, Volume 42, Issue 1, pp 133-138

Leaf Gas Exchange and Water Relations in Polylepis tarapacana at Extreme Altitudes in the Bolivian Andes

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Abstract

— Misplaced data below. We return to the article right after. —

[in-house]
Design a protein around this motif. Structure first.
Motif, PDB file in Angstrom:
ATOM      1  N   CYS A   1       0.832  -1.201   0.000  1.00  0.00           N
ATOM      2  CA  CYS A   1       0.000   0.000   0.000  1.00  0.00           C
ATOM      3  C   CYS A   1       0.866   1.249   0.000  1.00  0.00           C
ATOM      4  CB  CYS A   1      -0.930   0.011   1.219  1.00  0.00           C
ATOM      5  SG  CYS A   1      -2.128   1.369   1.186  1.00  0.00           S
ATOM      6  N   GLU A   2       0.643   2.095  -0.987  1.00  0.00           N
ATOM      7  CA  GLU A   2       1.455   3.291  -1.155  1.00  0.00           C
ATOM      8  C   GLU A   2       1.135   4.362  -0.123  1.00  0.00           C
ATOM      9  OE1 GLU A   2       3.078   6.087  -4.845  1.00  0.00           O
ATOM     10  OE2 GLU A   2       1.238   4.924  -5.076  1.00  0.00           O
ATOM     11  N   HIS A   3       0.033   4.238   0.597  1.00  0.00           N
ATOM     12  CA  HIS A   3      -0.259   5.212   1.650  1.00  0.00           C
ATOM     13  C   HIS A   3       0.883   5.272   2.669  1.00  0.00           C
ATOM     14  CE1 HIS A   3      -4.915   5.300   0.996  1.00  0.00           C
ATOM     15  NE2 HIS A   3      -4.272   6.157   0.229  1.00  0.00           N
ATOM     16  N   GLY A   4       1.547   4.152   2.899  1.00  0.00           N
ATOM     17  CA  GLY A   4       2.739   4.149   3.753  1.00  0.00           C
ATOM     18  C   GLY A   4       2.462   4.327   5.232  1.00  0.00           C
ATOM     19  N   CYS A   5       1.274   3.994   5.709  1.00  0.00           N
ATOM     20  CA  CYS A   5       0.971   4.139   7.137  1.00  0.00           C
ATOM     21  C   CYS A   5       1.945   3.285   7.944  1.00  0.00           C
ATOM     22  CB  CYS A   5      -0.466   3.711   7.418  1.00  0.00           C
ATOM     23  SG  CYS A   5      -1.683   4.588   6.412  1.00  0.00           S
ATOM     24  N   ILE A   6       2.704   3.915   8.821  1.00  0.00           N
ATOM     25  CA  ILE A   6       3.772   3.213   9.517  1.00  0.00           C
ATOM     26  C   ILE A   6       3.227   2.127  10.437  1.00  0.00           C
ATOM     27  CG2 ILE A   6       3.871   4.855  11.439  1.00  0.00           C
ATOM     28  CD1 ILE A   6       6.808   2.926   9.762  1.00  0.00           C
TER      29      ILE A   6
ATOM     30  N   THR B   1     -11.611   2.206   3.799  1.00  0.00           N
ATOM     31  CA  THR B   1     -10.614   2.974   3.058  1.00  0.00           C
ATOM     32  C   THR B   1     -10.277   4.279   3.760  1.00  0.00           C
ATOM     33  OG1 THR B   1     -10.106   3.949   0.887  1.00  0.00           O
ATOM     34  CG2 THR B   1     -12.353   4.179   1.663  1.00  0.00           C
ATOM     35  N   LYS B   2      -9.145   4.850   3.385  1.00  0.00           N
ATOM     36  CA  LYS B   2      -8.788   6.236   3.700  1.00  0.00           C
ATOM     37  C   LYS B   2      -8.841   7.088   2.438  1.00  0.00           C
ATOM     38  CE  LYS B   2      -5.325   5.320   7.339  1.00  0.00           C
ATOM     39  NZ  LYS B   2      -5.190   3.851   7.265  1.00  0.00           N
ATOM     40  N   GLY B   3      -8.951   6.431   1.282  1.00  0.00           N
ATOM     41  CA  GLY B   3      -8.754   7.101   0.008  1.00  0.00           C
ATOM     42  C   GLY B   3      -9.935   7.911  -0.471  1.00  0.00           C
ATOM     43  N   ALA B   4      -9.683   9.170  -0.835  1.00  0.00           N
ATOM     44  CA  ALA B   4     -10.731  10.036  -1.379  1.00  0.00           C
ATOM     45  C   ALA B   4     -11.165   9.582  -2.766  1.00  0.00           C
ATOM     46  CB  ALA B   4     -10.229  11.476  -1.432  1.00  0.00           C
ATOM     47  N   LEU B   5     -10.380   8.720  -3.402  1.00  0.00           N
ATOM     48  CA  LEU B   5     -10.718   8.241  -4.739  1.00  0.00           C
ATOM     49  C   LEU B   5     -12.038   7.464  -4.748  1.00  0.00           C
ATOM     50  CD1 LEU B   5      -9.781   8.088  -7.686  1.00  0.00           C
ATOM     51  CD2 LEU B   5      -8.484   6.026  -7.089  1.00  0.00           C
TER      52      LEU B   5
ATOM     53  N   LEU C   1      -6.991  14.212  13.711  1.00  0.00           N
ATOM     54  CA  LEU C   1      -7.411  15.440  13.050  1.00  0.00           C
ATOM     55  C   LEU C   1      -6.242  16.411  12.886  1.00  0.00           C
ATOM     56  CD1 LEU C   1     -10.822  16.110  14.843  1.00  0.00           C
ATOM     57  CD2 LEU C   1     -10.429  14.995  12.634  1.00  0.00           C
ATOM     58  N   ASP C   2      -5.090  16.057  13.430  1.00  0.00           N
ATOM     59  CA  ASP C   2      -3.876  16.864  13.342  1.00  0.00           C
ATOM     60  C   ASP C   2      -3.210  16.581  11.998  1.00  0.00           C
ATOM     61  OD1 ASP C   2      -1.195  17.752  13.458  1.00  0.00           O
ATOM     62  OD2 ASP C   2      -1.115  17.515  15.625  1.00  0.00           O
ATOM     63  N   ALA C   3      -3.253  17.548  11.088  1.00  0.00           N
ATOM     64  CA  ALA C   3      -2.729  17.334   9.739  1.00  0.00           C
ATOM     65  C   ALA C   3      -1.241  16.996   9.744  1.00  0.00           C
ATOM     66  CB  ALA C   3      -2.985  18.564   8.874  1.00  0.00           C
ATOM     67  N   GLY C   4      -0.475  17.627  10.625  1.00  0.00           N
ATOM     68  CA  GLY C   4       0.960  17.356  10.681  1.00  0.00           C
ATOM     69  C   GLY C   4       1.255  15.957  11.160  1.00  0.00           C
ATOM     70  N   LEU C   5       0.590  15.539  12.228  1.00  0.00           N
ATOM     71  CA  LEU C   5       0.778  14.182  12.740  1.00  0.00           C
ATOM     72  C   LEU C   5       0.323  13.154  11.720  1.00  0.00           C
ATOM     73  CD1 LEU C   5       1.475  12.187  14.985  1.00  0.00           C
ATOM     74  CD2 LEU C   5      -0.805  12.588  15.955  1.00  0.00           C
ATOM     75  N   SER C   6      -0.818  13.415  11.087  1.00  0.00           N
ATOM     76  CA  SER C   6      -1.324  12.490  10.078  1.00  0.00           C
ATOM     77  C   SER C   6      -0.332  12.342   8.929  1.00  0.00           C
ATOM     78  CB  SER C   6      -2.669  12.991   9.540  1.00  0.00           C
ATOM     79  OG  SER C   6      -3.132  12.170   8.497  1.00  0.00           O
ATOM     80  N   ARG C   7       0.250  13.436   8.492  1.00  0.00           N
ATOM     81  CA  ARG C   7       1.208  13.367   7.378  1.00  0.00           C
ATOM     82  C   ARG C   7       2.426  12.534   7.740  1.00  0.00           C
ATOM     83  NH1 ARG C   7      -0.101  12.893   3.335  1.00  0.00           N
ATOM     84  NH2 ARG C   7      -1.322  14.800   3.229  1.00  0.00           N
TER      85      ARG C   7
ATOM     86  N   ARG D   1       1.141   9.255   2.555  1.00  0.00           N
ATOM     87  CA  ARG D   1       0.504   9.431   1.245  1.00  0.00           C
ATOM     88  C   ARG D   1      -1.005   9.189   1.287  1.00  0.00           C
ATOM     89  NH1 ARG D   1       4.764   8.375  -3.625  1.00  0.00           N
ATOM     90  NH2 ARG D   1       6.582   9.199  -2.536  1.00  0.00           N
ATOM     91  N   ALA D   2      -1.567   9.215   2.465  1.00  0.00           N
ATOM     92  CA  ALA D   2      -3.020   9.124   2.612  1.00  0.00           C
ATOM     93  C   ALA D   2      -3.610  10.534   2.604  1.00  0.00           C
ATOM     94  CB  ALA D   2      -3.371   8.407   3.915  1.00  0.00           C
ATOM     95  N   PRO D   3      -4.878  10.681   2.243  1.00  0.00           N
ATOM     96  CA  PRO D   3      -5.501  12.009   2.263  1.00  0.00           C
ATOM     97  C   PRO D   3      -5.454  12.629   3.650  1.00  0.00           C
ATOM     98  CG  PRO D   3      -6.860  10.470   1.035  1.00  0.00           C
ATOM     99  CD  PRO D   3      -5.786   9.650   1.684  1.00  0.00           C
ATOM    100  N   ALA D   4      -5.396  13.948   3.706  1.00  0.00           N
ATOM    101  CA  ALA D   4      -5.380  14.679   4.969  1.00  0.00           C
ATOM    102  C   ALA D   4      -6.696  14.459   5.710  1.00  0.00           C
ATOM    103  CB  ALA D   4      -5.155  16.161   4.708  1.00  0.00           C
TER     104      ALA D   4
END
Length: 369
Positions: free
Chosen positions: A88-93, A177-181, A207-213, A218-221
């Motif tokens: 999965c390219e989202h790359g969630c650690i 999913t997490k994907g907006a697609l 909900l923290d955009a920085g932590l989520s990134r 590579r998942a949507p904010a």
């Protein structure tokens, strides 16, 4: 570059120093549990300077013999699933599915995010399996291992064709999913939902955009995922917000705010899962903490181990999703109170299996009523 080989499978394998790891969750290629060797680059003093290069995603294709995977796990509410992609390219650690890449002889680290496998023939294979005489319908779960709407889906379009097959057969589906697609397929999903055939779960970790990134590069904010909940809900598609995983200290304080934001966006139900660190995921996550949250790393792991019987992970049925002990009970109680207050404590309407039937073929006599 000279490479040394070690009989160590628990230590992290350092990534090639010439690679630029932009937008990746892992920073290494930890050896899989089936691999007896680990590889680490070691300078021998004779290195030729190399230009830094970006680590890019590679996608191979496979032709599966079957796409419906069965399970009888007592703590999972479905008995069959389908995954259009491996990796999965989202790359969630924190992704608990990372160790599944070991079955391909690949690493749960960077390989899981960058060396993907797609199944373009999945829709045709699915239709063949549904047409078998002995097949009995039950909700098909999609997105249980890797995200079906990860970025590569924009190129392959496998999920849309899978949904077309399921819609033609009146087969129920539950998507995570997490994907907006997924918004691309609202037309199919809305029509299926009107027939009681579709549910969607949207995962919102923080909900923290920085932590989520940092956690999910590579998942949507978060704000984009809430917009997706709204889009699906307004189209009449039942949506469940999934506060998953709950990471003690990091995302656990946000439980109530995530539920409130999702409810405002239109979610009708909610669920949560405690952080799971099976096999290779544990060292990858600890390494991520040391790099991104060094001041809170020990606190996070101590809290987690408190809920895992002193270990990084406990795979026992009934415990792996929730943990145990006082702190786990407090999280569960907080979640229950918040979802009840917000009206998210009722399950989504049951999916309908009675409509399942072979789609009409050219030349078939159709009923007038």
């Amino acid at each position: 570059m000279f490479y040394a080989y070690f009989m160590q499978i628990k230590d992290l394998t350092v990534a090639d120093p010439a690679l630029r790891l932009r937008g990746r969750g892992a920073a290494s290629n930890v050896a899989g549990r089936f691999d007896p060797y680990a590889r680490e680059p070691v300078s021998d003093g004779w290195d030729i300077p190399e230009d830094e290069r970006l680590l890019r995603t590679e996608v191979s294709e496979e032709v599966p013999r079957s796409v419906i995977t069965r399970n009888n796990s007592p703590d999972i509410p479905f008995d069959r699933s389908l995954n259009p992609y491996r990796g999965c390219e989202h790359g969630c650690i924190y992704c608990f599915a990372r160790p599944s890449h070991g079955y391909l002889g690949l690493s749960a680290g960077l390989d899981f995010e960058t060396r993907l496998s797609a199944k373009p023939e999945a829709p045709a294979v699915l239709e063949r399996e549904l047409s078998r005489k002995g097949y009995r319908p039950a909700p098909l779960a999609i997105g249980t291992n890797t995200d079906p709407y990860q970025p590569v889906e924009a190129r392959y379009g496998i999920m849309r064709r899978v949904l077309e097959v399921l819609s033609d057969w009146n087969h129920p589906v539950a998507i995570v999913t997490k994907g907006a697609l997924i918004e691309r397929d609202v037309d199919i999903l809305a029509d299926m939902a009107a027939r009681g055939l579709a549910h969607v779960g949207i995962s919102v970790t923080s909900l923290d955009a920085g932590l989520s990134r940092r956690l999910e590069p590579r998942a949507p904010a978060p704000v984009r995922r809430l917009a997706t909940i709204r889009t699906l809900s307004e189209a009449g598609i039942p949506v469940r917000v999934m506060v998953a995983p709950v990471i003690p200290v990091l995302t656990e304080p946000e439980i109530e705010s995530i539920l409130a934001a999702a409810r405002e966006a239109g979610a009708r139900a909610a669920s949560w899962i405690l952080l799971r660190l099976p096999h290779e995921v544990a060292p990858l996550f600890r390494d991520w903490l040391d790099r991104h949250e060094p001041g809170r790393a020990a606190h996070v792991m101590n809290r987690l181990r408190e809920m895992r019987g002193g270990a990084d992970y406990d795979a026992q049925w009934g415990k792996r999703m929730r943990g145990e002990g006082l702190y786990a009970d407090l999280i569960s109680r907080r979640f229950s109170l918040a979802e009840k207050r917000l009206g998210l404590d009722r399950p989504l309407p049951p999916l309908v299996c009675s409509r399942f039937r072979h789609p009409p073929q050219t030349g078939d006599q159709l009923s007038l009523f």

Stress-induced restrictions to carbon balance, growth, and reproduction are the causes of tree-line formation at a global scale. We studied gas exchange and water relations of Polylepis tarapacana in the field, considering the possible effects of water stress limitations imposed on net photosynthetic rate (P N). Daily courses of microclimatic variables, gas exchange, and leaf water potential were measured in both dry-cold and wet-warm seasons at an altitude of 4 300 m. Marked differences in environmental conditions between seasons resulted in differences for the dry-cold and wet-warm seasons in mean leaf water potentials (−1.67 and −1.02 MPa, respectively) and mean leaf conductances (33.5 and 58.9 mmol m−2 s−1, respectively), while differences in mean P N (2.5 and 2.8 μmol m−2 s−1, respectively) were not as evident. This may be related to limitations imposed by water deficit and lower photon flux densities during dry and wet seasons, respectively. Hence P. tarapacana has coupled its gas exchange characteristics to the extreme daily and seasonal variations in temperature and water availability of high elevations.